Objective To compare the presence of cardiovascular (CV) risk factors and established CV disease in patients with psoriatic arthritis (PsA) and the general population and to compare the 10-year risk of a fatal CV event calculated by the Systematic Coronary Risk Evaluation (SCORE) algorithm.
Methods Patients with PsA (n=338) and controls (n=50 468) were recruited from the Nord-Trøndelag Health Study 3. Age-adjusted and sex-adjusted prevalence rates of CV risk factors and comorbidity were calculated and the SCORE algorithm was applied.
Results There was an increased prevalence of angina pectoris (5.0% vs 3.6%, p=0.01), history of percutaneous coronary intervention (2.4% vs 1.4%, p=0.04), hypertension (45.3% vs 39.3%, p=0.01), obesity (32.0% vs 22.4%) and tobacco smoking (21.3% vs 16.4%, p=0.02) in patients with PsA compared with controls. Patients with PsA had elevated levels of C reactive protein (CRP; p<0.001), body mass index (BMI; p<0.001) and triglycerides (p=0.01). The median calculated CV risk in patients with PsA was low and comparable with controls (0.87 vs 0.83, p=0.24). The distribution across CV risk classes was similar among patients with PsA and controls.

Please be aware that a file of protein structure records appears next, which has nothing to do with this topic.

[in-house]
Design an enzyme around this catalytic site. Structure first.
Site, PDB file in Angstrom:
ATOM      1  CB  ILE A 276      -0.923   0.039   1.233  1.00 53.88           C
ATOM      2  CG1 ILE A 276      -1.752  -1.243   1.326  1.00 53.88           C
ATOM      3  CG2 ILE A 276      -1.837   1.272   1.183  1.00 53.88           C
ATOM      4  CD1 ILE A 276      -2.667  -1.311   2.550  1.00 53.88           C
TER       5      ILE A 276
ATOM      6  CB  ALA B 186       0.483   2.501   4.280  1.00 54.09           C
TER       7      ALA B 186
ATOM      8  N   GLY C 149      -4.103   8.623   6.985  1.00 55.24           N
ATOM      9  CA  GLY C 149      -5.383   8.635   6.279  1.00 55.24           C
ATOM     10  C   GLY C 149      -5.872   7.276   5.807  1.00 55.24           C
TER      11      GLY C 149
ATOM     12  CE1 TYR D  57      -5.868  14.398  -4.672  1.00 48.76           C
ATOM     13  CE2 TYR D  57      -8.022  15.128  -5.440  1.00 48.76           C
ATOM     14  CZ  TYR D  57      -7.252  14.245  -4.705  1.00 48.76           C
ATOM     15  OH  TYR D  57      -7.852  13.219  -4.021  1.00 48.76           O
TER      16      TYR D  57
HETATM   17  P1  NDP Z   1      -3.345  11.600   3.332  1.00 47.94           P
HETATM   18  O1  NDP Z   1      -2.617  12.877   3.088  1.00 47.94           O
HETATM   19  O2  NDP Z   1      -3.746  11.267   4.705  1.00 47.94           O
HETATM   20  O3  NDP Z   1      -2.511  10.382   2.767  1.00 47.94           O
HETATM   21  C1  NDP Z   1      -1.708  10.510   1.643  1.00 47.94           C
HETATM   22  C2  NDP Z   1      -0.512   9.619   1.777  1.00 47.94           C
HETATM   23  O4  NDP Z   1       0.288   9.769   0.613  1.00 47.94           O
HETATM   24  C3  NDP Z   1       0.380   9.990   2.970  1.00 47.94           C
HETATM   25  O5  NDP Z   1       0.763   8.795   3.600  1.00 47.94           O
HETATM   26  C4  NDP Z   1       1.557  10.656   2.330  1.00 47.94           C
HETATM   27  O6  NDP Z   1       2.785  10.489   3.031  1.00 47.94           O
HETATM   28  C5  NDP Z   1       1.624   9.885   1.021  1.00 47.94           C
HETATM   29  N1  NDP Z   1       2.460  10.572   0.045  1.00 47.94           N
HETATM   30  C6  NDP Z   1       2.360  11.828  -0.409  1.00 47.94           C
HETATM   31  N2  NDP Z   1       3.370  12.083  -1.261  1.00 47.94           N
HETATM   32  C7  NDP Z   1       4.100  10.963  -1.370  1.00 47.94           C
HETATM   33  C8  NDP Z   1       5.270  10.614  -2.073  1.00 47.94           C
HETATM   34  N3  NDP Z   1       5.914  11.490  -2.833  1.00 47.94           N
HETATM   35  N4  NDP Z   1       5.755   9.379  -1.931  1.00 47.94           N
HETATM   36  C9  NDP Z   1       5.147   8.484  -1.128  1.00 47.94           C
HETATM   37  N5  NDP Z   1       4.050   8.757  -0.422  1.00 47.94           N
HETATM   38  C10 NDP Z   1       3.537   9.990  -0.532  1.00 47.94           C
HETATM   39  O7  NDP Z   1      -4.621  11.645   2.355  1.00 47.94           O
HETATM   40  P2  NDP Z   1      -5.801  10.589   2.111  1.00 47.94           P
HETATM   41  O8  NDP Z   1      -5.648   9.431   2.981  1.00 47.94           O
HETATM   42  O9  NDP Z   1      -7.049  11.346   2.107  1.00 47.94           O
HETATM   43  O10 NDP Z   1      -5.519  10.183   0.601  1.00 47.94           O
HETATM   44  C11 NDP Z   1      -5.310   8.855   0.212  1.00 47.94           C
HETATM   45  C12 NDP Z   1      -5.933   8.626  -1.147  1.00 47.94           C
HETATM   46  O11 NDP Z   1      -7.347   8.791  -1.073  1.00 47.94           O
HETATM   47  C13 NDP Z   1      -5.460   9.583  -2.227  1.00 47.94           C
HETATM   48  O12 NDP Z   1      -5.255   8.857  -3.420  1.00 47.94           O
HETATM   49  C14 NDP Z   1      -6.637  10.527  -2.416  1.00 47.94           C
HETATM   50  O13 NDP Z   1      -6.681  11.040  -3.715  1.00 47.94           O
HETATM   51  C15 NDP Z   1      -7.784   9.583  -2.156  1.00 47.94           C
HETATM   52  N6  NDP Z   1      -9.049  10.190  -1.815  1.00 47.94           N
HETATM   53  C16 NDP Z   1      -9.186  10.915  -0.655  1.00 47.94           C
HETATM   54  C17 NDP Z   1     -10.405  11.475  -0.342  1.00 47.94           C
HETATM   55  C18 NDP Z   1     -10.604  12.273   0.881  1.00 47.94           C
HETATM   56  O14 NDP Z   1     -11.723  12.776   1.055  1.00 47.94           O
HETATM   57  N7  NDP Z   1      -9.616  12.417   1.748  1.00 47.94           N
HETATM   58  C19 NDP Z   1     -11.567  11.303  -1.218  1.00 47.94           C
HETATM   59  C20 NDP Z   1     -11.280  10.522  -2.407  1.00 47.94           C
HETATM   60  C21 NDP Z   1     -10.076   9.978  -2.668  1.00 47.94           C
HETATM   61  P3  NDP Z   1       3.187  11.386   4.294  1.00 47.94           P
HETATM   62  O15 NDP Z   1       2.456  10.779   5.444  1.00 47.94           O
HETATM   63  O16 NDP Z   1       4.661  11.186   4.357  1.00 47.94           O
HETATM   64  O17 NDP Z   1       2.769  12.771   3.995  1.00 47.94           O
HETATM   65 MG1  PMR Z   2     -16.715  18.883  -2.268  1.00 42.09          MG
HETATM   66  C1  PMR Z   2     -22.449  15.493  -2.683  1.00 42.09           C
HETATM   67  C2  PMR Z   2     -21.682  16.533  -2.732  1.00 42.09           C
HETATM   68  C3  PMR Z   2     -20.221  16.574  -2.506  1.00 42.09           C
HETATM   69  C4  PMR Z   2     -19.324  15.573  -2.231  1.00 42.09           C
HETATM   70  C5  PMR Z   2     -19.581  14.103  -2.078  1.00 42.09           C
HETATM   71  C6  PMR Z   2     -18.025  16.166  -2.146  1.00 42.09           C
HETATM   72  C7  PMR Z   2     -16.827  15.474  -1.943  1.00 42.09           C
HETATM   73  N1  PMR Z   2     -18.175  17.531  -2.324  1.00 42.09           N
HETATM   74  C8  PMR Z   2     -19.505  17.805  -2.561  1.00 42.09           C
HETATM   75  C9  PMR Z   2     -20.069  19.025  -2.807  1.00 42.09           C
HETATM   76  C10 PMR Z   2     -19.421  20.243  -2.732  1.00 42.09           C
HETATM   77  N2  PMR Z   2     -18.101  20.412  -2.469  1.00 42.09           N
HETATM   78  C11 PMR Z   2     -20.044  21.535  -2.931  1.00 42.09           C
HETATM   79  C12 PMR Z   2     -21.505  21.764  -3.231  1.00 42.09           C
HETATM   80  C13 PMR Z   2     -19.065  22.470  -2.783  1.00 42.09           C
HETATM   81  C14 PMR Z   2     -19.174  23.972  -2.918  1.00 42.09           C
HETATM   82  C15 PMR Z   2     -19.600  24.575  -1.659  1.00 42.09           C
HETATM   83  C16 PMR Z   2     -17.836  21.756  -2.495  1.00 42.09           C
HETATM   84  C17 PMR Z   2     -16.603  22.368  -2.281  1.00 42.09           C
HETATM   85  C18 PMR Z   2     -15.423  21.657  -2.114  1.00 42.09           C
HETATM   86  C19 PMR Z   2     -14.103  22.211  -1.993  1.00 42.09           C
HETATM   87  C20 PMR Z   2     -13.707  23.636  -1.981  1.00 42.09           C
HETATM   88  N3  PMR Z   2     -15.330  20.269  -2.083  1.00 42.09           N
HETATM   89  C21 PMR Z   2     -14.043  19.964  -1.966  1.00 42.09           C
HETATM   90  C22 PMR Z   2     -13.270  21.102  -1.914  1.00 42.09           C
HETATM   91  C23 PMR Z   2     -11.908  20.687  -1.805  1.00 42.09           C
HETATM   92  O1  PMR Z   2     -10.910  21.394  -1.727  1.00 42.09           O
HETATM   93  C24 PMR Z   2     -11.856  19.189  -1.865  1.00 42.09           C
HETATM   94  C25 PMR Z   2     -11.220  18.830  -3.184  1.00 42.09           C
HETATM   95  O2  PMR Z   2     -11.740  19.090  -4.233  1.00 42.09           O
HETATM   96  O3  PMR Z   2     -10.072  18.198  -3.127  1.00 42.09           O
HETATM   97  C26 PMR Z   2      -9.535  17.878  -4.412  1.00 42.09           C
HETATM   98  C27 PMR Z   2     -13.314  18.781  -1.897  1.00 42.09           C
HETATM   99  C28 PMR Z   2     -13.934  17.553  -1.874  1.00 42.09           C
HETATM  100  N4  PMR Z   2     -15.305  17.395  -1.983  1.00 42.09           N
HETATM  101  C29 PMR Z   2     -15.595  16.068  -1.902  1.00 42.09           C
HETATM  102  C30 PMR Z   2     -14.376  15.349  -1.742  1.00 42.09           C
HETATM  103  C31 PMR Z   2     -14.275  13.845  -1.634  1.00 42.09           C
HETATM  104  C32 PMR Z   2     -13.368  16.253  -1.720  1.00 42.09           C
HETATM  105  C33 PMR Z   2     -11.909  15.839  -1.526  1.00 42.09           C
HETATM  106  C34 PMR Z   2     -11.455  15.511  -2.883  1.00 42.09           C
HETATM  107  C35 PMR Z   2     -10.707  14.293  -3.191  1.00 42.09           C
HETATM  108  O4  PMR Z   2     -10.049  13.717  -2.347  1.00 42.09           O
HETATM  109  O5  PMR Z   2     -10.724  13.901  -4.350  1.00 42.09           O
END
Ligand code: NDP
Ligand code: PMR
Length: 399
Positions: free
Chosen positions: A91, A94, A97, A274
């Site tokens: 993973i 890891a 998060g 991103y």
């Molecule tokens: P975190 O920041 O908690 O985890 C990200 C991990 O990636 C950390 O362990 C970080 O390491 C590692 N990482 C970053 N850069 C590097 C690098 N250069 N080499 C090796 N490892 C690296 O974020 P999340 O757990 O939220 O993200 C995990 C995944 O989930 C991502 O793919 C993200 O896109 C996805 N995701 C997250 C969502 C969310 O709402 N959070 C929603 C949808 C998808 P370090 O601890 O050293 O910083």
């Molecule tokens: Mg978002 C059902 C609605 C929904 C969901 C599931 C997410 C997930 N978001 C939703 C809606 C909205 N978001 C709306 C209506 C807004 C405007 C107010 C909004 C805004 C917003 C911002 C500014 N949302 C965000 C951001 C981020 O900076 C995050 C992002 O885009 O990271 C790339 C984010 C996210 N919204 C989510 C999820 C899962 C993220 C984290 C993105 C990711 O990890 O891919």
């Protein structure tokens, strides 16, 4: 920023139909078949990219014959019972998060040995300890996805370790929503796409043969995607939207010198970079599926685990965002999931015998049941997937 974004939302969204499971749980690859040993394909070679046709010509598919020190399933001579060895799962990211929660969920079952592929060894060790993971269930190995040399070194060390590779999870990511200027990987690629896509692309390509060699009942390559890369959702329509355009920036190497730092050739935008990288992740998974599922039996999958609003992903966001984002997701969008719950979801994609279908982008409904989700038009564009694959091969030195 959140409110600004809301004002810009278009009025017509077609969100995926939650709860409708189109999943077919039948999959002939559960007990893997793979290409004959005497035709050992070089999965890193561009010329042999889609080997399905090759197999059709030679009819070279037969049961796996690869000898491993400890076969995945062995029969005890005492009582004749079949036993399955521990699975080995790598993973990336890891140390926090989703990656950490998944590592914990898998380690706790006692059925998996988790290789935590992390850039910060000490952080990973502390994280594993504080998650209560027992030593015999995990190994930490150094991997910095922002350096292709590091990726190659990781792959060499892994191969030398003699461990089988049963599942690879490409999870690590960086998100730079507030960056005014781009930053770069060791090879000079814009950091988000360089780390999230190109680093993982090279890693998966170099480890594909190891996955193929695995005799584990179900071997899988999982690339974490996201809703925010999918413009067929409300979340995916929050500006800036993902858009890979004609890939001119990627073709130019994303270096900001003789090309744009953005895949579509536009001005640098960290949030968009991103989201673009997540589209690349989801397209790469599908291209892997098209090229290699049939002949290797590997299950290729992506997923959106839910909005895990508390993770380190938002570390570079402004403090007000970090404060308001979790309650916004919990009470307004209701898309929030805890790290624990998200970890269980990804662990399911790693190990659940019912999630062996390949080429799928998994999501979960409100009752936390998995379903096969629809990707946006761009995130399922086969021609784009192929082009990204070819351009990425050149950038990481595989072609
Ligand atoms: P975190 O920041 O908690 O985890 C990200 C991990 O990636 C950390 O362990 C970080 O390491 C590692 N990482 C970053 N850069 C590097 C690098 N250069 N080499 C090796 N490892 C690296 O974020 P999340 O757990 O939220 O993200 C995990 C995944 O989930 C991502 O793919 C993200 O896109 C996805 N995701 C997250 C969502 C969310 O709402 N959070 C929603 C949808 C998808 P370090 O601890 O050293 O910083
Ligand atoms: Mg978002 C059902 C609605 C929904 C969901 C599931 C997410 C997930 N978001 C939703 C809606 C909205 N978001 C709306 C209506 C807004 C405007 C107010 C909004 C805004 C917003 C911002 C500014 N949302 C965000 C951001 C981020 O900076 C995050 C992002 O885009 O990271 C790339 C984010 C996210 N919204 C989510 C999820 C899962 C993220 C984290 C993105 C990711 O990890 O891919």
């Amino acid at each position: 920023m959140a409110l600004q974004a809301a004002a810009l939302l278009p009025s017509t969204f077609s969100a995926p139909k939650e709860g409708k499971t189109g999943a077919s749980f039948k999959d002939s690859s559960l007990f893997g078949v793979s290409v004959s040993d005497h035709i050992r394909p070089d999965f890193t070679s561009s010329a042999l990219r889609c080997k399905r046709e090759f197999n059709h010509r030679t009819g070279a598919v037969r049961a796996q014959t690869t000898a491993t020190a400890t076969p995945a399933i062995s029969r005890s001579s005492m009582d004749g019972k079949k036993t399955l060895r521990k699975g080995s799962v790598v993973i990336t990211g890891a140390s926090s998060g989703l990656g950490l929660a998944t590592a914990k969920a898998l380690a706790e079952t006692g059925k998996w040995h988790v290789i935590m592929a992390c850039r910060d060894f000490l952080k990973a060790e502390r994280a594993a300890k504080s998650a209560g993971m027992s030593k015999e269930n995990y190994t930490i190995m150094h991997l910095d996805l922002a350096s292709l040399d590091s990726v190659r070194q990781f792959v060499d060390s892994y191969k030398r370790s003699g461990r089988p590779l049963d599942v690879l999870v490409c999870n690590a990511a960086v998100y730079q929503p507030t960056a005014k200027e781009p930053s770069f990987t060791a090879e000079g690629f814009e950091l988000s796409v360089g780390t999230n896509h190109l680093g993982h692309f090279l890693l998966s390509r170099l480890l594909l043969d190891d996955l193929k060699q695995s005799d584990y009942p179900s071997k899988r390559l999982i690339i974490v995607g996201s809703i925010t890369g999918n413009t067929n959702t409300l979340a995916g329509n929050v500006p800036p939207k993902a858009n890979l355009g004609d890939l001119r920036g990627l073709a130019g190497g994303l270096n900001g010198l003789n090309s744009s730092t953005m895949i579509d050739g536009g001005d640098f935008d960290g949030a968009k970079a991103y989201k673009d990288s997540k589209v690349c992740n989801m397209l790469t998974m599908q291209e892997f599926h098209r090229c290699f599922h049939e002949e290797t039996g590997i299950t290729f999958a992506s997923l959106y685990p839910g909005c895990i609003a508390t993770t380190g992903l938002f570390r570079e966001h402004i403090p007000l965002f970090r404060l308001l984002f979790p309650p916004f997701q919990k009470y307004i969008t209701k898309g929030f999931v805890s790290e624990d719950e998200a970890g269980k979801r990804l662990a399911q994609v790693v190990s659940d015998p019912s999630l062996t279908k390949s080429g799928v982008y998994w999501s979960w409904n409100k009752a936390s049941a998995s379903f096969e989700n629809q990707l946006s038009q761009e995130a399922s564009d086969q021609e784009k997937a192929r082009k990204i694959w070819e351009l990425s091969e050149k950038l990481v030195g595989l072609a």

Conclusions Patients with PsA have a higher risk of CV disease than the background population, although there was no difference between groups in 10-year risk of a fatal CV event estimated by SCORE. However, patients with PsA had elevated levels of CV risk factors not included in the SCORE algorithm, such as BMI, triglycerides and CRP.
- Psoriatic Arthritis
- Cardiovascular Disease